uploaded_file = uploader.upload(image) #=> #<Shrine::UploadedFile>

uploaded_file.id       #=> "43ksd9gkafg0dsl.jpg"
uploaded_file.storage  #=> #<Shrine::Storage::FileSystem>
uploaded_file.metadata #=> {...}

Since this object knows which storage it was uploaded to, it is able to provide many useful methods:

uploaded_file.url               # generates the URL
uploaded_file.download          # downloads the file to the disk
uploaded_file.exists?           # asks the storage if file exists
uploaded_file.open { |io| ... } # opens the file for reading
uploaded_file.delete            # deletes the file from the storage

This object is defined solely by its data hash. Since the storage can be referenced by its registered name, this hash can now be serialized into JSON, and saved to a database column.

uploaded_file.data #=>
# {
#   "id"       => "df9fk48saflg.jpg",
#   "storage"  => "disk",
#   "metadata" => {...}
# }

uploaded_file.to_json #=> '{"id":"df9fk48saflg.jpg","storage":"disk","metadata":{...}}'

The Shrine::UploadedFile objects are separate from uploaders. This is a contrast to CarrierWave and Paperclip, which have this behaviour mixed in into their CarrierWave::Uploader::Base and Paperclip::Attachment god classes.

IO abstraction

Shrine is able to upload any IO-like object which responds to #read, #size, #rewind, #eof? and #close (inspired by Refile). By definining this strict interface, every Shrine feature now knows they can rely only on these methods, which means they will work correctly regardless of whether you’re uploading File, StringIO, ActionDispatch::Http::UploadedFile, Rack files, or remote files which download themselves as you read them.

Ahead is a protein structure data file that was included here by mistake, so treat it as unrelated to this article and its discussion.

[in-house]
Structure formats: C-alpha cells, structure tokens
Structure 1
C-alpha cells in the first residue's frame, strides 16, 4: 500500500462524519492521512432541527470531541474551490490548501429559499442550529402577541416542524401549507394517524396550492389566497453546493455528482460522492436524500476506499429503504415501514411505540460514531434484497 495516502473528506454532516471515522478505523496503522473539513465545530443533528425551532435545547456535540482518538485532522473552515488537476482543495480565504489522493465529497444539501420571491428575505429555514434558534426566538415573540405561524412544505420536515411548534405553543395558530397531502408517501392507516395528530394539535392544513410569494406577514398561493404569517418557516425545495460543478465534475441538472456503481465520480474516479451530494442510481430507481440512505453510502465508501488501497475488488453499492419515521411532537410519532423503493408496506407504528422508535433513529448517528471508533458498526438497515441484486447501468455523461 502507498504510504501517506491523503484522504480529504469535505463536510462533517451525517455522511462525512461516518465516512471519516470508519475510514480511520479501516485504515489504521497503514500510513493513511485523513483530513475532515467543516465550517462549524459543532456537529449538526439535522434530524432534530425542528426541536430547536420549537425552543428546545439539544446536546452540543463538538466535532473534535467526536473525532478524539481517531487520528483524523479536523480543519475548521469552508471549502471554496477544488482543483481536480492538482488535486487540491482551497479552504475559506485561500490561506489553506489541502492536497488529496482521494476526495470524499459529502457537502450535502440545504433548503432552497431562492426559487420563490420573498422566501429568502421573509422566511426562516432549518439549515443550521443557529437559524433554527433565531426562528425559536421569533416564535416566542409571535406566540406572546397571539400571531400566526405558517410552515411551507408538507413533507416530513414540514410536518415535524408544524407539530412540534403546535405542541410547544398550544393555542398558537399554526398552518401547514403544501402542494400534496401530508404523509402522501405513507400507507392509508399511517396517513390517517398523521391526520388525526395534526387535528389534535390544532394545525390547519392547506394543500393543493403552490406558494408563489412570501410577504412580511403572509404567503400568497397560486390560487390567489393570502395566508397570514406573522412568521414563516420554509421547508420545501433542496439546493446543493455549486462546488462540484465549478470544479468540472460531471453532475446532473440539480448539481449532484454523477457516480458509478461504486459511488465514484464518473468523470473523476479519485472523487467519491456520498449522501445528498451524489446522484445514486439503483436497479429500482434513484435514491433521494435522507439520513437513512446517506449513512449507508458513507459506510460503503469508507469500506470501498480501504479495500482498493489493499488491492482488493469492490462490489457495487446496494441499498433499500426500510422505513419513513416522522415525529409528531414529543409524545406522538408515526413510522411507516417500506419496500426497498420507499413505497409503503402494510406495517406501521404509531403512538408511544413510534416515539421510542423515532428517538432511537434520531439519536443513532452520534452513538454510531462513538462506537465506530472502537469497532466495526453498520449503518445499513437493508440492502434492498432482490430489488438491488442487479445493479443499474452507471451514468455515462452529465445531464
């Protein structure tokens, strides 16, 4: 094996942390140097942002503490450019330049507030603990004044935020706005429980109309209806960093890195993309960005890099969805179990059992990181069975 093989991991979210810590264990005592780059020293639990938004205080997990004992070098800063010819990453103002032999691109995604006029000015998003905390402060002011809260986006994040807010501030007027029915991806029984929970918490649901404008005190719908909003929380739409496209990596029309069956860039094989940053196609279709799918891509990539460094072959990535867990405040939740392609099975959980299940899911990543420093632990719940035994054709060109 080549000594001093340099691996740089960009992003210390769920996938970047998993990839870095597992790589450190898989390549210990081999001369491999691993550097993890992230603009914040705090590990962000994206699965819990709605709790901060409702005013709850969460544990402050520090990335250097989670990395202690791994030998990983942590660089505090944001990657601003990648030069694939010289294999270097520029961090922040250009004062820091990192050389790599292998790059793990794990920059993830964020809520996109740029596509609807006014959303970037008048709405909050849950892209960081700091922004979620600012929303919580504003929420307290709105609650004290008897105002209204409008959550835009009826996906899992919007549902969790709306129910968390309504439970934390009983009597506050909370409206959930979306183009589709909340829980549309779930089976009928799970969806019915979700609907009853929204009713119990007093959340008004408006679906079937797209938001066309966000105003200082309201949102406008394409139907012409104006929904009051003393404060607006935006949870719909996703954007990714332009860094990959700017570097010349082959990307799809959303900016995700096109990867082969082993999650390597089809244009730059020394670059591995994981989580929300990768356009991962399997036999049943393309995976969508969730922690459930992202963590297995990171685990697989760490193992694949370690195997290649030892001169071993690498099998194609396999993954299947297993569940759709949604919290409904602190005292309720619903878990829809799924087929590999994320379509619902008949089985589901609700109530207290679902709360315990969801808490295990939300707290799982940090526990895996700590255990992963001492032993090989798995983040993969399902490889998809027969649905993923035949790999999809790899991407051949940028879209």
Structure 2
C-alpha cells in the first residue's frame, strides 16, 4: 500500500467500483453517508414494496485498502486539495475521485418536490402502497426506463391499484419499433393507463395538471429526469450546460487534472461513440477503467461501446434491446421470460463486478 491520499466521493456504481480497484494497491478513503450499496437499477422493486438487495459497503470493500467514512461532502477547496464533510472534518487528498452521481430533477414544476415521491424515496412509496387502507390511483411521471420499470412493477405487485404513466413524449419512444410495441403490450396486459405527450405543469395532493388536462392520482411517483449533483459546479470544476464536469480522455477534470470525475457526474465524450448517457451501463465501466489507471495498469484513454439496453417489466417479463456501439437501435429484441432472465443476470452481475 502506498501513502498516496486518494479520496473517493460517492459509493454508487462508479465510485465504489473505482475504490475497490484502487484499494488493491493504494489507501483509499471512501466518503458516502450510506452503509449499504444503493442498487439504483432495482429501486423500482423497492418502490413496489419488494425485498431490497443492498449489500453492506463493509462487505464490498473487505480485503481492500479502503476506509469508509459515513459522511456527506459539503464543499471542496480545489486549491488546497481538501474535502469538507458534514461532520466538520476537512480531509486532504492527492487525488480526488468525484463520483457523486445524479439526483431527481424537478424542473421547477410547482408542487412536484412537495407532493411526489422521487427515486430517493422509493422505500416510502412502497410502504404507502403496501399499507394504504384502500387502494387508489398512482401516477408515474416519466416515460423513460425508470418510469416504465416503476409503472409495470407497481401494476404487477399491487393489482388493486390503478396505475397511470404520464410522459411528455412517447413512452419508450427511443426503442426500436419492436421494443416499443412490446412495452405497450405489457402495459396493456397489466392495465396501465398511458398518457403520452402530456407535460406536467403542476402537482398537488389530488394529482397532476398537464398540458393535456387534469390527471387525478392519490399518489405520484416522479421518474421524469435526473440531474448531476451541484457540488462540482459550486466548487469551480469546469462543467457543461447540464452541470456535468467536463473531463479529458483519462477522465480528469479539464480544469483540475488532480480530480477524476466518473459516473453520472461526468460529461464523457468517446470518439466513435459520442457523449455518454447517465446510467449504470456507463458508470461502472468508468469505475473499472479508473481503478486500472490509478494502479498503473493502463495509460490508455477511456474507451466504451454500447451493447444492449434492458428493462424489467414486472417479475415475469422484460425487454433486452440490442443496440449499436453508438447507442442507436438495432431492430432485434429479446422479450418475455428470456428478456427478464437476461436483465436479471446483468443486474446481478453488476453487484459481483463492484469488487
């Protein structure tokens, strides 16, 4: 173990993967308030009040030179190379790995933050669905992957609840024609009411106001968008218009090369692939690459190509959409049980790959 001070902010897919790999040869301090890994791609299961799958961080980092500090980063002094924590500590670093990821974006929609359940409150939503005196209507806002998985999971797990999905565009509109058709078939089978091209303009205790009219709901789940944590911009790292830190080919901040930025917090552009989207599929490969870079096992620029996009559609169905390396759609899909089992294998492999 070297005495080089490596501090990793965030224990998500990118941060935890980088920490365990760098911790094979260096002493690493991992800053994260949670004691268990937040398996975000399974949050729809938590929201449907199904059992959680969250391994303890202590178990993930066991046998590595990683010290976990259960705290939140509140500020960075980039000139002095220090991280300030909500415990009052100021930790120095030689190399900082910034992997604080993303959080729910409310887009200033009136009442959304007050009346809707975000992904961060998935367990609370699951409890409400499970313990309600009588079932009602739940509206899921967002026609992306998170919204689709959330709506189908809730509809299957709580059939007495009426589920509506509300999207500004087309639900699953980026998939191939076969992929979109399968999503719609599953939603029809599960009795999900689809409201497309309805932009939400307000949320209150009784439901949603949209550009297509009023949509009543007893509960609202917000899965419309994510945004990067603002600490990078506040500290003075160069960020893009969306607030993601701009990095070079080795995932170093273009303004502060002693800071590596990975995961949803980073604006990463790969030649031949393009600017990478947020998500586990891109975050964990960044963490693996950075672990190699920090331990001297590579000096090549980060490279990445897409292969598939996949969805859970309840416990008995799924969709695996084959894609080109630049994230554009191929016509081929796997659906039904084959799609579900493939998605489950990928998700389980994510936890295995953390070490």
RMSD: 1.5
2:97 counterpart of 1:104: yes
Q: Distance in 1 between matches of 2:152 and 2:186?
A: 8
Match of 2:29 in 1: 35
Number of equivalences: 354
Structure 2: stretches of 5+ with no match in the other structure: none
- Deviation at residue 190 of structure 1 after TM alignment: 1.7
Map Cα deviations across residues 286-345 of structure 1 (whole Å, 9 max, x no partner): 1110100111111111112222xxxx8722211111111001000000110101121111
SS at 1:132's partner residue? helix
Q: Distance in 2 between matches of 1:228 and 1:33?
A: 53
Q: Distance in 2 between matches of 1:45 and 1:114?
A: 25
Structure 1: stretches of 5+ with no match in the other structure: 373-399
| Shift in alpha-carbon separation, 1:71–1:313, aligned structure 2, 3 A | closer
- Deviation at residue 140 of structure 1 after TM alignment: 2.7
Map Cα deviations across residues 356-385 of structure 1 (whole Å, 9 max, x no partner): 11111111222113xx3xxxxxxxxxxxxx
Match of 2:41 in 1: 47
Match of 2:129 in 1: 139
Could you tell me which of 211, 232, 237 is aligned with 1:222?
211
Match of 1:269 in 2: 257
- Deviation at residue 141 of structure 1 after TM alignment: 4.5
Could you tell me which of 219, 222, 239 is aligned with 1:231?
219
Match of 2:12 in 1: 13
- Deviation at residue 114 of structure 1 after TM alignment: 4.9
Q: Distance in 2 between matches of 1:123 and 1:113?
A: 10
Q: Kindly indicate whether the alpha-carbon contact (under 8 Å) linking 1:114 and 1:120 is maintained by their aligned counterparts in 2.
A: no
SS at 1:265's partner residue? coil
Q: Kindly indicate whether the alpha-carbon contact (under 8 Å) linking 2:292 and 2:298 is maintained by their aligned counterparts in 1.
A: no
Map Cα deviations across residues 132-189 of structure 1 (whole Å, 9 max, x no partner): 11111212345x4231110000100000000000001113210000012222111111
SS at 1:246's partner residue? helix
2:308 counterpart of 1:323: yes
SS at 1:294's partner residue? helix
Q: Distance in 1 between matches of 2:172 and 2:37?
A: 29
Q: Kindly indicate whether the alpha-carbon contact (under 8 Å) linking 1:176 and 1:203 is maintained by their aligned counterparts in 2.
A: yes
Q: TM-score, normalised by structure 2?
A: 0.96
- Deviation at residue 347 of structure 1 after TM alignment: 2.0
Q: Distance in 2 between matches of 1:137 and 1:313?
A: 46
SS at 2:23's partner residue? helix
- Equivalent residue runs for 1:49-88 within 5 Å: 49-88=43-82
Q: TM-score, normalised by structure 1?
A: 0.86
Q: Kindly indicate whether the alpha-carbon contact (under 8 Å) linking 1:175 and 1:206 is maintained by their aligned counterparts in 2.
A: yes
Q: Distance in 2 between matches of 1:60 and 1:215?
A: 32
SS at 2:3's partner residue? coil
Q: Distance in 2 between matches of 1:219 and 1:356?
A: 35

Furthermore, Shrine::UploadedFile is itself an IO-like object, wrapping any uploaded file under the same unified interface. This makes reuploading the file from one storage to another really natural. Furthermore, this allows the storage to optimize some uploads by skipping downloading & reuploading, for example use an S3 copy if both files are from S3, or just send the remote URL if the storage supports it.

cache = ImageUploader.new(:s3_temporary)
cached_file = cache.upload(image)

store = ImageUploader.new(:s3_permanent)
store.upload(cached_file) #=> performs an S3 COPY request

Plugin system

Shrine comes with a small core (< 500 LOC) which provides the essential functionality. Any additional features can be loaded via plugins. This gives you the flexibility to choose exactly what and how much Shrine does for you, and load the code only for features that you use.

# Loads the processing feature from "shrine/plugins/logging.rb"
Shrine.plugin :logging, logger: Rails.logger